Color, 1999, 105 mins.

Directed by Renny Harlin

Starring Thomas Jane, Saffron Burrows, LL Cool J, Samuel L. Jackson, Stellan Skarsgård, Jacqueline McKenzie, Michael Rapaport / Music by Trevor Rabin / Cinematography by Stephen F. Windon

Format: DVD - Warner (MSRP $24.98)

Letterboxed (2.35:1) (16x9 enhanced) / Dolby Digital 5.1

A rare summer popcorn movie that really delivers, Deep Blue Sea may not be high art, but it's definitely a lot of fun. Deftly merging horror with his spectacular flair for action setpieces, director Renny Harlin has crafted a slick, suspenseful, and satisfying slice of hokum that also packs a strong wallop on DVD.

A wealthy investor (Samuel L. Jackson) flies out to visit a remote ocean-bound research facility, where his funds are supporting a potential cure for Alzheimer's derived from shark brain proteins. The lead scientists, Dr. Susan McAlestar (Saffron Burrows) and Jim Whitlock (Stellan Skarsgård), demonstrate the elaborate methods by which they have developed "super sharks" to provide the protein, thanks to the aid of paroled shark wrangler Carter (Thomas Jane). The experiments prove to be a success, but disaster strikes when one shark manages to escape and deliver a crushing blow to the facility, sending it rapidly sinking underwater. Together the three test sharks invade the watery lab and begin chowing down on the residents until only a handful of survivors remain, struggling to get back to the surface in one piece.

Though hardly an actor's showcase, Deep Blue Sea benefits from some strong bits of characer acting, particularly Jackson's hilarious spin on the know-it-all millionaire (his "big scene" in the middle of the film is one of the year's best). Burrows' distracting resemblance to Harlin's wife, Geena Davis, may be a tad difficult to ignore, but she successfully walks the line between sympathetic researcher and callous God-player, while Jane goes through the action hero motions with great physicality. Trying to pick out who will die (and when) proves to be nearly impossible with this film, which throws some terrific unexpected curveballs throughout its running time and barely pauses for air. The animatronic and CGI shark effects range from outstanding to more than a tad hokey, but these beasts are quite fearsome and great fun to watch; the opening twist on Jaws proves that all of the filmmakers know their stuff and aren't afraid to play around with conventions.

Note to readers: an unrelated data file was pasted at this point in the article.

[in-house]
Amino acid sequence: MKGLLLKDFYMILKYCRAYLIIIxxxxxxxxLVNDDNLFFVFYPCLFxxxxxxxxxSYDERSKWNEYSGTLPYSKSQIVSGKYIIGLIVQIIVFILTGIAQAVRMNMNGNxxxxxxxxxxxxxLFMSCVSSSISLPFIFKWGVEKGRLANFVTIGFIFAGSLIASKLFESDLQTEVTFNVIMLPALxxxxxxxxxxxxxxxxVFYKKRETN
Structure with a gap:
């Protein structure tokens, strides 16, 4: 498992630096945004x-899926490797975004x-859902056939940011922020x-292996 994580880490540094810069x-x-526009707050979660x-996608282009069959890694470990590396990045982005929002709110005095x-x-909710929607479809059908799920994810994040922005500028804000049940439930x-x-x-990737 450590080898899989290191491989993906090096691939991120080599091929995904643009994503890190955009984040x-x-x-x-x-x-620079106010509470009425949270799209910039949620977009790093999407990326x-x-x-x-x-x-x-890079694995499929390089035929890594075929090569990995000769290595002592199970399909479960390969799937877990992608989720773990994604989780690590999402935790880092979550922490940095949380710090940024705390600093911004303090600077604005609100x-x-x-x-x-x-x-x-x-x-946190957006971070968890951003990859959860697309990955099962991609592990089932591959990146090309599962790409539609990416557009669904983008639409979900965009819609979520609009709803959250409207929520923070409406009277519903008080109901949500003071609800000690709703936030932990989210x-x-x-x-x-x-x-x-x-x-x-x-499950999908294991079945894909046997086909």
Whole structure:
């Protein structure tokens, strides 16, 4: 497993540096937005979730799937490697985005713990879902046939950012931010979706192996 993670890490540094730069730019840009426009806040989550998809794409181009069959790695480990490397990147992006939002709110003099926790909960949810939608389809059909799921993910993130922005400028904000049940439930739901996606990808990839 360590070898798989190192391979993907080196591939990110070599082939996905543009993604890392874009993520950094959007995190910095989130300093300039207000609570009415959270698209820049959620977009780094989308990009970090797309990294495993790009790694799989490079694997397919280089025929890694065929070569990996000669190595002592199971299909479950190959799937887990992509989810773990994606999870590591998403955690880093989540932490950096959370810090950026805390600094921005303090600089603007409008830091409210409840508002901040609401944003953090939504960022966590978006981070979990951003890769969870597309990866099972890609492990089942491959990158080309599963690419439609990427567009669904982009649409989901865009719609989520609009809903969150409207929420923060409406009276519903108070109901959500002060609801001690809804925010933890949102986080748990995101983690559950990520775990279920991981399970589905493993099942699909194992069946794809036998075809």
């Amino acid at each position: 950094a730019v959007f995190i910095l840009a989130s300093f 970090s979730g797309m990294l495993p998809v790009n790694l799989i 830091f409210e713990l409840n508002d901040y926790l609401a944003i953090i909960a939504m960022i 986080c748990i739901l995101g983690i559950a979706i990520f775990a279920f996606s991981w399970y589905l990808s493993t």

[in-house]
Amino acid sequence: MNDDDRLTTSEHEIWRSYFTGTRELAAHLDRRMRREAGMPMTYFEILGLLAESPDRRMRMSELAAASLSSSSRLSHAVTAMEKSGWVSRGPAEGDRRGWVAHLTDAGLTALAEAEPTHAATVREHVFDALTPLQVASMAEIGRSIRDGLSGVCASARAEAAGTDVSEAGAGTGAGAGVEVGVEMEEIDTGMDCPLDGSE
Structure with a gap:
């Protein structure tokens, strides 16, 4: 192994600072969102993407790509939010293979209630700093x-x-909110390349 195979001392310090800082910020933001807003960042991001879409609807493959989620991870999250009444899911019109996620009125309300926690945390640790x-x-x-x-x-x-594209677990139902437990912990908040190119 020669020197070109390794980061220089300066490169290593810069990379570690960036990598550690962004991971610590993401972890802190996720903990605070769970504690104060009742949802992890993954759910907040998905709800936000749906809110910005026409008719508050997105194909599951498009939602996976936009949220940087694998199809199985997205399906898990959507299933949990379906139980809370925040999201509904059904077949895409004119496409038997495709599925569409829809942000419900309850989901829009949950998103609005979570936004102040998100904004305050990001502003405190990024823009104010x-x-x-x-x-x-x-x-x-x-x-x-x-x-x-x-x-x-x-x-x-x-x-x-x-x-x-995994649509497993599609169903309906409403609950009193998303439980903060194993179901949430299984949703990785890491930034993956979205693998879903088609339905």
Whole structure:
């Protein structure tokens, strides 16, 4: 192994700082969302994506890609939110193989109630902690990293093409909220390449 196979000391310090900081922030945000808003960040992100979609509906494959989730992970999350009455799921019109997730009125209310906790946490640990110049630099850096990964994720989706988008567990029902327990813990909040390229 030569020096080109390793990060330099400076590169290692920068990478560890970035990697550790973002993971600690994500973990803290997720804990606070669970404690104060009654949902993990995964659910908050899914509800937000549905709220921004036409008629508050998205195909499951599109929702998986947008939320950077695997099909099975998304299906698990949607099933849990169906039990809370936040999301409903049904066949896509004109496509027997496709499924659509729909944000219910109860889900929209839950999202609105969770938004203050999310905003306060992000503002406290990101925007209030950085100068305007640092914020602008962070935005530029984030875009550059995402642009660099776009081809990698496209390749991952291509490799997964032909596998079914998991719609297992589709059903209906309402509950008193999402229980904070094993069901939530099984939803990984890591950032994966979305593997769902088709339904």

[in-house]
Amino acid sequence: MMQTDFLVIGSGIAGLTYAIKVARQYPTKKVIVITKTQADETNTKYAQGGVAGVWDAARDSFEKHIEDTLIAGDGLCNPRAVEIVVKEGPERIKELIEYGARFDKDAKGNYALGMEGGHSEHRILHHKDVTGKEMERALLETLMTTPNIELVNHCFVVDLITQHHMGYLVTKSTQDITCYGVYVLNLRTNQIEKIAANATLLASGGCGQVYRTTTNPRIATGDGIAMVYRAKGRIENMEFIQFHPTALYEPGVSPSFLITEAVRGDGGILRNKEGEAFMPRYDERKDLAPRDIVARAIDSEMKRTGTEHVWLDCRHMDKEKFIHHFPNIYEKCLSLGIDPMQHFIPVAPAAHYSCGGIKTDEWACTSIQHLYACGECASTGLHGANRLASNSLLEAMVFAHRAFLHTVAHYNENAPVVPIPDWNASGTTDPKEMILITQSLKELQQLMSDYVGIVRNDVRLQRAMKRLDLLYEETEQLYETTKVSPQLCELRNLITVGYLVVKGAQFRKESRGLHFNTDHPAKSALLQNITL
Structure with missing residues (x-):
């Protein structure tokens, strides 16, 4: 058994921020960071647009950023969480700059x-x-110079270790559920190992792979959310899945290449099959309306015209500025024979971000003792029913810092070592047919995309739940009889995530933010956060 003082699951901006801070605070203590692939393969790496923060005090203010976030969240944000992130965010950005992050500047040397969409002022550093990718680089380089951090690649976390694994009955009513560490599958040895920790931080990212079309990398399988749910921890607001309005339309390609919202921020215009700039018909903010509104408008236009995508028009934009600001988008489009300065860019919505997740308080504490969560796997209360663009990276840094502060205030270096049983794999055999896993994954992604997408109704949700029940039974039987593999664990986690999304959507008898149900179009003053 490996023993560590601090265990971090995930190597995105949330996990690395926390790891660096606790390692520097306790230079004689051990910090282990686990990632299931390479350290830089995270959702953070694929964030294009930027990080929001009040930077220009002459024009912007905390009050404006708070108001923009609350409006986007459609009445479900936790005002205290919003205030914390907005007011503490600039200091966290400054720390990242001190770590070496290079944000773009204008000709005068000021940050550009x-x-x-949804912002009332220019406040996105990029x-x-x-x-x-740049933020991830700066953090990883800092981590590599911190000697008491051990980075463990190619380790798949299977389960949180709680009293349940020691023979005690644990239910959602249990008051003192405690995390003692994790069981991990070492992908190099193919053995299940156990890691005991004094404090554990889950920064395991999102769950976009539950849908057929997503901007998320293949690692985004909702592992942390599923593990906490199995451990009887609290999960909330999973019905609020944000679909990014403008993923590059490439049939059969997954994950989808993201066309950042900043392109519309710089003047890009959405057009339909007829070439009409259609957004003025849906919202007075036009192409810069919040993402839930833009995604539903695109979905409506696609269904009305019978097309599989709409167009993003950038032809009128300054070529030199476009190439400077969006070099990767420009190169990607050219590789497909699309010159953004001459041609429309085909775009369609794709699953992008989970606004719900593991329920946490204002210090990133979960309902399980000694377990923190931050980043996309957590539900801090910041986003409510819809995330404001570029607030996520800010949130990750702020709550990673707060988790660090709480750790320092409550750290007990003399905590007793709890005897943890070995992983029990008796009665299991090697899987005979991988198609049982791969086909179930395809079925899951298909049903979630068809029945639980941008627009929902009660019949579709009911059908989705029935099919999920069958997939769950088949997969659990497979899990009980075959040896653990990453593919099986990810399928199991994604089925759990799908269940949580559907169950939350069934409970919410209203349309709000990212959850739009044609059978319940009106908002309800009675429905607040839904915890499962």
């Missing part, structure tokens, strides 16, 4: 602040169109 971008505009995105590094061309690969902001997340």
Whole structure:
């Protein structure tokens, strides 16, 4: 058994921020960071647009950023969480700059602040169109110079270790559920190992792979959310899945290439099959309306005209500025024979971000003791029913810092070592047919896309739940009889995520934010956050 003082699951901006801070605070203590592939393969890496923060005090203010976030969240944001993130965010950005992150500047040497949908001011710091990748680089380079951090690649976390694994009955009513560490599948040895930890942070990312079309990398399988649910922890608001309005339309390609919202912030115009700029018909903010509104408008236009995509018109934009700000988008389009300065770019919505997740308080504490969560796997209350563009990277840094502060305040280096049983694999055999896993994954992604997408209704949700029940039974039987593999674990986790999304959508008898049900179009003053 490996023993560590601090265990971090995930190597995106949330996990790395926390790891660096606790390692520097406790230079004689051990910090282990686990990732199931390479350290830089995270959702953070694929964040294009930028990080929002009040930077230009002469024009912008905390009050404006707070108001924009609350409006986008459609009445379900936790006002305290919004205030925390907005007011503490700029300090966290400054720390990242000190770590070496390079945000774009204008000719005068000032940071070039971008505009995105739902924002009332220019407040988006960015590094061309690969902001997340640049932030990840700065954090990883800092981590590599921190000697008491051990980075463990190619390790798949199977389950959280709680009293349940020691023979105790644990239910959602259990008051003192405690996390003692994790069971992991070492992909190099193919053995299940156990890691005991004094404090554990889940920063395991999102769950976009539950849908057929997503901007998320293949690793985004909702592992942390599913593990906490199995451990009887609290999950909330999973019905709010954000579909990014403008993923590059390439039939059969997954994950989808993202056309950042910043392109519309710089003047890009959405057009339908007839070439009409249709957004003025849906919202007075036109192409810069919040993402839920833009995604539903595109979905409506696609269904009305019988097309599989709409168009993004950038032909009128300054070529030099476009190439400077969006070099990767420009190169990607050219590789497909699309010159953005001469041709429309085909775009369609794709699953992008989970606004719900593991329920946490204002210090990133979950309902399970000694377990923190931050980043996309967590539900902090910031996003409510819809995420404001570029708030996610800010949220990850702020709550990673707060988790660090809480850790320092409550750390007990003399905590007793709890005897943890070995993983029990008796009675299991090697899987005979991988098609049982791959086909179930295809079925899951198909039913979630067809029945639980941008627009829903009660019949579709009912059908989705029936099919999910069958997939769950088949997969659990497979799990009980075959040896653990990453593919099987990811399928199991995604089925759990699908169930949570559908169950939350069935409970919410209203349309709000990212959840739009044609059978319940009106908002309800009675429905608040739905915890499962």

As usual, Warner has delivered a fully loaded DVD with enough extras to easily kill off an entire evening. The film itself looks dazzling in an anamorphic transfer that beautifully showcases the title color, while the explosive Dolby Digital 5.1 mix constantly pumps each speaker full of information from start to finish. This is simply a reference disc all the way and should please even the staunchest home theater enthusiast. Extras include several deleted scenes, all of which add tremendously to the depth of the characters. Skarsgård in particular lost some of his finest moments from the completed cut, and at least his decision to do this film in the first place now makes more sense. Bellows also becomes more finely shaded thanks to an early birthday speech that elaborates on her personal motives. The deleted footage appears to be lifted from a fuzzy work print and is in very rough shape, but it's a welcome addition in any form. Also included is a by-the-numbers but welcome featurette on the shark special effects, some standard behind-the-scenes footage, production notes and photos, and the theatrical trailer. Oddly, the film's notorious original ending (in which one pivotal character's survival was nixed by bloodthirsty test audiences) is not included.

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